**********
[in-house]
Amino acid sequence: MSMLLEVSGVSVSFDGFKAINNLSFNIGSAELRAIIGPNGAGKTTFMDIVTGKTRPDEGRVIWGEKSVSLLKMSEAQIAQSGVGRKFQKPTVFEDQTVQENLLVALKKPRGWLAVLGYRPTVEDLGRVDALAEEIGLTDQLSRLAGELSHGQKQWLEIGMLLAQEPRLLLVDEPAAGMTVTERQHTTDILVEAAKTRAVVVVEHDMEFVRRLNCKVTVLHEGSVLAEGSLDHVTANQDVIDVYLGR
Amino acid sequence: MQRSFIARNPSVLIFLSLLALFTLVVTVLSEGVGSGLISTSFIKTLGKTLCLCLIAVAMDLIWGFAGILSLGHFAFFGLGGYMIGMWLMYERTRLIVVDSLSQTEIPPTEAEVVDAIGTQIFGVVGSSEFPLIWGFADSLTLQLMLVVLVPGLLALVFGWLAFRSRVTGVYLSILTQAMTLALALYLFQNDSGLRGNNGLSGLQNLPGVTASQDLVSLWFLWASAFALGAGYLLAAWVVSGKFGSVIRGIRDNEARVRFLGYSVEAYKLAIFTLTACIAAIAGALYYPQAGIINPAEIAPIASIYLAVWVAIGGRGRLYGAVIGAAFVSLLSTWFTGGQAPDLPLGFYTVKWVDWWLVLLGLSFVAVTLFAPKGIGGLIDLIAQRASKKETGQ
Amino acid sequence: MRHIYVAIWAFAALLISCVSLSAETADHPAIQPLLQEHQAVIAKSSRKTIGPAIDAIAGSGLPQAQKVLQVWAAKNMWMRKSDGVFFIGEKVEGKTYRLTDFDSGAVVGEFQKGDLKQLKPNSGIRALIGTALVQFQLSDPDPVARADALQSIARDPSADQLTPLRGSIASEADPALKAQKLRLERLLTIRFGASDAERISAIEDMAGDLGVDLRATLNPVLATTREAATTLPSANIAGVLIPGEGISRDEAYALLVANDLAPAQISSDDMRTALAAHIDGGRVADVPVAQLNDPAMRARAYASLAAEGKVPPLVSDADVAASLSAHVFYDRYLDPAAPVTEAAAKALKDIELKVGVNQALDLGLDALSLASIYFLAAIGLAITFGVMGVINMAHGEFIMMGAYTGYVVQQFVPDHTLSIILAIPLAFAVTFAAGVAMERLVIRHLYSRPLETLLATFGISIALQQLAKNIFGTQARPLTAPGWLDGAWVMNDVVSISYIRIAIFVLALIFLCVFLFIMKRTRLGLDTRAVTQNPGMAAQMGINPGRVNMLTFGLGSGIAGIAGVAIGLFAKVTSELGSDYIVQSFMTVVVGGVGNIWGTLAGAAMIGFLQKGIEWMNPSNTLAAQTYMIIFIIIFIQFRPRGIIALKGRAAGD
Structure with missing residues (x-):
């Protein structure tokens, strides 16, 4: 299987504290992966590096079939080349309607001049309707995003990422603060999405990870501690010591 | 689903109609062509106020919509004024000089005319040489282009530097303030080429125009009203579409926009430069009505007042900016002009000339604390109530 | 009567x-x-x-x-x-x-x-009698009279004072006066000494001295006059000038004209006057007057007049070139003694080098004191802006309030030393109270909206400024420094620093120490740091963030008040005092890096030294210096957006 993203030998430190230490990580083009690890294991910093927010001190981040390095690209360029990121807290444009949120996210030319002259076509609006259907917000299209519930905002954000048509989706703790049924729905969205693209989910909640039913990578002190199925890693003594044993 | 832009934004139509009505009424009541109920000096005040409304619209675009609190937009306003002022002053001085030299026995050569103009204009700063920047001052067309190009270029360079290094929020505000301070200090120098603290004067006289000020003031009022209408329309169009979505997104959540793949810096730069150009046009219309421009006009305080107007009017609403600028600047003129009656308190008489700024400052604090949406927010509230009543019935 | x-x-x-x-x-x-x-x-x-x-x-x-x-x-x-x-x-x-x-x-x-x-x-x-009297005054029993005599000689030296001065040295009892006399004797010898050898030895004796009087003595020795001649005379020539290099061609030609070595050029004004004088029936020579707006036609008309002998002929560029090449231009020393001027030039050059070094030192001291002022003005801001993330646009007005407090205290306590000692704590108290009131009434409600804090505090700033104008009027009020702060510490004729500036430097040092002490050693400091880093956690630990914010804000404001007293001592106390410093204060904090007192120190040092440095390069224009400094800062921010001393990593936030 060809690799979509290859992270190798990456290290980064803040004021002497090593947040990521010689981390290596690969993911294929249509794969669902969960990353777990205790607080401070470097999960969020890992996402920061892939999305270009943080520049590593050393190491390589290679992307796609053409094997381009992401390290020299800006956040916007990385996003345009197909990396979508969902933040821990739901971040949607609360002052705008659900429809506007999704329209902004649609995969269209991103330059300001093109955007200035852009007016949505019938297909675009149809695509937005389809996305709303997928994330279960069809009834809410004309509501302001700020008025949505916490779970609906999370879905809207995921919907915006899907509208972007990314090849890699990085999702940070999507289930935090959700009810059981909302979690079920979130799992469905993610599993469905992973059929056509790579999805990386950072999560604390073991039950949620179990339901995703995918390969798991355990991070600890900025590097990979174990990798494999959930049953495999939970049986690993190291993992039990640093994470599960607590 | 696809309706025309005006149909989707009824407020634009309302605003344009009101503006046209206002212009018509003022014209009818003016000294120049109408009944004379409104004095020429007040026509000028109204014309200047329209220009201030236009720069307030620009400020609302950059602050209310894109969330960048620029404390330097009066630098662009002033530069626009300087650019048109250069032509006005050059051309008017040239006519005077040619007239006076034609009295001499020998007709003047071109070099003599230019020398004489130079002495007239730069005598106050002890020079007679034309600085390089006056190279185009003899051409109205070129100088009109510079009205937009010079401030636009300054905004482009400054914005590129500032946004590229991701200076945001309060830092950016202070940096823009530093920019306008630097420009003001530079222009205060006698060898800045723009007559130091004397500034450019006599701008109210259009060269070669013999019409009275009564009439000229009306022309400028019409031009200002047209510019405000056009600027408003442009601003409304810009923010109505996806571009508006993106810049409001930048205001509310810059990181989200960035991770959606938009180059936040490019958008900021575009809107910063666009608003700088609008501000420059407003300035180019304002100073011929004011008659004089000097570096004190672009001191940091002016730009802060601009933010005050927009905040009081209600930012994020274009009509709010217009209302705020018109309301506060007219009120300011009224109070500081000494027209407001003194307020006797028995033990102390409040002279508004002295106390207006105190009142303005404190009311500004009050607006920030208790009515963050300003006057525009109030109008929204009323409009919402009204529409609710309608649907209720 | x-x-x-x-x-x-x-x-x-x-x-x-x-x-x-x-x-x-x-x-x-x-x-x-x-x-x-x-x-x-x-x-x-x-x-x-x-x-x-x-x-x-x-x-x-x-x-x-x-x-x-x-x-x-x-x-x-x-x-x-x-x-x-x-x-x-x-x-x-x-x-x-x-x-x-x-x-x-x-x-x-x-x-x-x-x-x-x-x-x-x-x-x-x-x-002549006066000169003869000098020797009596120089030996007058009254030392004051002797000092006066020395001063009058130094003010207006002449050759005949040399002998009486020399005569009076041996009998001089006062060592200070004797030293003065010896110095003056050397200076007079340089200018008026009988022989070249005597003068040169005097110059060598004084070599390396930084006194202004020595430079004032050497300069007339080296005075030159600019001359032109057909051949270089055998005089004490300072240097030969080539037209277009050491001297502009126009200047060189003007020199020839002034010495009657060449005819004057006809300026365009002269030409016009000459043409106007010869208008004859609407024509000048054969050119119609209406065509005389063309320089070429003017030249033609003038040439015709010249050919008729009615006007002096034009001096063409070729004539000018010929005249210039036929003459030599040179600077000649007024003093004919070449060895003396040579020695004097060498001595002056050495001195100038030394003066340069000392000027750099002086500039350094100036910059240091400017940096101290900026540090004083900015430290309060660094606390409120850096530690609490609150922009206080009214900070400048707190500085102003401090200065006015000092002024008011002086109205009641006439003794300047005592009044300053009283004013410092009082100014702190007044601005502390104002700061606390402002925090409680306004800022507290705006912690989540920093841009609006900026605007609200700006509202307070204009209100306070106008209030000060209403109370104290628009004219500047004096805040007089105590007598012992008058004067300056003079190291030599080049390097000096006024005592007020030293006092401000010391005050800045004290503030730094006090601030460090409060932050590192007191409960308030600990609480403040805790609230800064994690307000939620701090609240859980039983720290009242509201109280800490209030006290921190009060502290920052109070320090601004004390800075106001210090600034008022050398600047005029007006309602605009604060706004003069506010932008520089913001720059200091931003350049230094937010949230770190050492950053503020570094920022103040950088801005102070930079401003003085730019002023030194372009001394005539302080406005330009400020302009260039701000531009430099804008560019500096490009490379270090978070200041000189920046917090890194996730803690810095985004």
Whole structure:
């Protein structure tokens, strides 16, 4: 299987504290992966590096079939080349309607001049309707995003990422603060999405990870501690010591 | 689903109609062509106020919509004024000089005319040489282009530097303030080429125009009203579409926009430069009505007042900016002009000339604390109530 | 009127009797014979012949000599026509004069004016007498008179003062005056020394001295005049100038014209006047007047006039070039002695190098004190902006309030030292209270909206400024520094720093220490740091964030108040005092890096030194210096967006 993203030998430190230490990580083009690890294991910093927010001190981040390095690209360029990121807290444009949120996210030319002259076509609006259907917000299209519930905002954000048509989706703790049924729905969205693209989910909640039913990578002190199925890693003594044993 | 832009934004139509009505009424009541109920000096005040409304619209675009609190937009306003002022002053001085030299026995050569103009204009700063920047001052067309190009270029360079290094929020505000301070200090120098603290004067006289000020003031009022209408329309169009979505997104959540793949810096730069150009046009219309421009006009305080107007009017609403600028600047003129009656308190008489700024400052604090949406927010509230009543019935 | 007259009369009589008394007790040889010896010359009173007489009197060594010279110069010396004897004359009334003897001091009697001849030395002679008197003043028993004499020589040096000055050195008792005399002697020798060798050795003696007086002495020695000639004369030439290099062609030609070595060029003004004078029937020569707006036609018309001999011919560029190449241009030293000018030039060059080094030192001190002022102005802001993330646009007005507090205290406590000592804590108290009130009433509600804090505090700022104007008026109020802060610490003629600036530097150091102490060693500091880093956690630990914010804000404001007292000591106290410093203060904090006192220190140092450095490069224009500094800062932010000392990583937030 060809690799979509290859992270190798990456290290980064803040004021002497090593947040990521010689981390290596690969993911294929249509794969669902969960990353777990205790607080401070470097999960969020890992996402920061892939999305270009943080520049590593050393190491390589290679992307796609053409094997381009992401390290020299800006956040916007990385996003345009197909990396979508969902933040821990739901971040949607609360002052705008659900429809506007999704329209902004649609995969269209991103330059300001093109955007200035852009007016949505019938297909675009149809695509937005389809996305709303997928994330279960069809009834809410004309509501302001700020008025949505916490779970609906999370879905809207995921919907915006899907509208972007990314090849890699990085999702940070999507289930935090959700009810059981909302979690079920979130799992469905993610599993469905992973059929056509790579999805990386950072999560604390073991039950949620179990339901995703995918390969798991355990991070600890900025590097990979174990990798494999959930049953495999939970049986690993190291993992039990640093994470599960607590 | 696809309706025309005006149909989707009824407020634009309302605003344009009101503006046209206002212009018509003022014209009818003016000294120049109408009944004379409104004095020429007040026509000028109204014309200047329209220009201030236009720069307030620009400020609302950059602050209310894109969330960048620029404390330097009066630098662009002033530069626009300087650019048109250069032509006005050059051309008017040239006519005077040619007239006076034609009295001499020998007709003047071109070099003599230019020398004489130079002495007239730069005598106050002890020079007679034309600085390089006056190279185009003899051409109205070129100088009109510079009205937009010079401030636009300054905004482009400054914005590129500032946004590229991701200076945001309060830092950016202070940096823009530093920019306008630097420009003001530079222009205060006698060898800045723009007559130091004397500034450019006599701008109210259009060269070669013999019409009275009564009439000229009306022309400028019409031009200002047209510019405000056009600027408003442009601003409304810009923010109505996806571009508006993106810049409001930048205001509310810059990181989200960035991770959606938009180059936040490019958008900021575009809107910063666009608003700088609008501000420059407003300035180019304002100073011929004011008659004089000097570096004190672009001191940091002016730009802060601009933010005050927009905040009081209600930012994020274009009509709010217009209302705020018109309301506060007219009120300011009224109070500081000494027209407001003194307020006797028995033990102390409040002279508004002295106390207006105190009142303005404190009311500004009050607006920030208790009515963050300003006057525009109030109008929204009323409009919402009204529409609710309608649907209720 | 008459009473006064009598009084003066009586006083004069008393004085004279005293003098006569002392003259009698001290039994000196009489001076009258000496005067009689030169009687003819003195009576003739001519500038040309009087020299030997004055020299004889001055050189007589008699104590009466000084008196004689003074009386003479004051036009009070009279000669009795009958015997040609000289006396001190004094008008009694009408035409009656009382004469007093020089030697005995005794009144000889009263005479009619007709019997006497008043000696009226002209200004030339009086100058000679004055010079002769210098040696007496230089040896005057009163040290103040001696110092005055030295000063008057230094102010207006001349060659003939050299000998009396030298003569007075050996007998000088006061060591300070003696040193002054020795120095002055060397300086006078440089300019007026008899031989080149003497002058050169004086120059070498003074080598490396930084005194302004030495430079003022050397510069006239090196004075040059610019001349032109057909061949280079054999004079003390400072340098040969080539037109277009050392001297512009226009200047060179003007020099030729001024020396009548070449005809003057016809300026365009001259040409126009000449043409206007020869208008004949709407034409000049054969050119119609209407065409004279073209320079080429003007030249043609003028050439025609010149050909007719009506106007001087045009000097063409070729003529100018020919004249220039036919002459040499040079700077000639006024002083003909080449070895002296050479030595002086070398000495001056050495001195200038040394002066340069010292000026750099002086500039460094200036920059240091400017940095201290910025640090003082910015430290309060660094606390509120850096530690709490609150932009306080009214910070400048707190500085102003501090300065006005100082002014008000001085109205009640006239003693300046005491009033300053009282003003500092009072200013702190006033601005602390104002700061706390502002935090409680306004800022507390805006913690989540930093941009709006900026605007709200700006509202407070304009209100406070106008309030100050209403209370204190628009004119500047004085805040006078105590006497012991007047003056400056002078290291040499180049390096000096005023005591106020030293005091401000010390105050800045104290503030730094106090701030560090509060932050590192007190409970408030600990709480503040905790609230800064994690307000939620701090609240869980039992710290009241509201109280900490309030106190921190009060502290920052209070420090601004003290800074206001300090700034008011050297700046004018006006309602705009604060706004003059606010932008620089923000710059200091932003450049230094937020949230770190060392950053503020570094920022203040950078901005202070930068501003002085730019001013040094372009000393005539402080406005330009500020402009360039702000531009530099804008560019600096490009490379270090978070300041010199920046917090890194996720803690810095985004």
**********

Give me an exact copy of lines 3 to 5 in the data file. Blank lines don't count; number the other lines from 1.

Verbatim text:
Amino acid sequence: MQRSFIARNPSVLIFLSLLALFTLVVTVLSEGVGSGLISTSFIKTLGKTLCLCLIAVAMDLIWGFAGILSLGHFAFFGLGGYMIGMWLMYERTRLIVVDSLSQTEIPPTEAEVVDAIGTQIFGVVGSSEFPLIWGFADSLTLQLMLVVLVPGLLALVFGWLAFRSRVTGVYLSILTQAMTLALALYLFQNDSGLRGNNGLSGLQNLPGVTASQDLVSLWFLWASAFALGAGYLLAAWVVSGKFGSVIRGIRDNEARVRFLGYSVEAYKLAIFTLTACIAAIAGALYYPQAGIINPAEIAPIASIYLAVWVAIGGRGRLYGAVIGAAFVSLLSTWFTGGQAPDLPLGFYTVKWVDWWLVLLGLSFVAVTLFAPKGIGGLIDLIAQRASKKETGQ
Amino acid sequence: MRHIYVAIWAFAALLISCVSLSAETADHPAIQPLLQEHQAVIAKSSRKTIGPAIDAIAGSGLPQAQKVLQVWAAKNMWMRKSDGVFFIGEKVEGKTYRLTDFDSGAVVGEFQKGDLKQLKPNSGIRALIGTALVQFQLSDPDPVARADALQSIARDPSADQLTPLRGSIASEADPALKAQKLRLERLLTIRFGASDAERISAIEDMAGDLGVDLRATLNPVLATTREAATTLPSANIAGVLIPGEGISRDEAYALLVANDLAPAQISSDDMRTALAAHIDGGRVADVPVAQLNDPAMRARAYASLAAEGKVPPLVSDADVAASLSAHVFYDRYLDPAAPVTEAAAKALKDIELKVGVNQALDLGLDALSLASIYFLAAIGLAITFGVMGVINMAHGEFIMMGAYTGYVVQQFVPDHTLSIILAIPLAFAVTFAAGVAMERLVIRHLYSRPLETLLATFGISIALQQLAKNIFGTQARPLTAPGWLDGAWVMNDVVSISYIRIAIFVLALIFLCVFLFIMKRTRLGLDTRAVTQNPGMAAQMGINPGRVNMLTFGLGSGIAGIAGVAIGLFAKVTSELGSDYIVQSFMTVVVGGVGNIWGTLAGAAMIGFLQKGIEWMNPSNTLAAQTYMIIFIIIFIQFRPRGIIALKGRAAGD
Structure with missing residues (x-):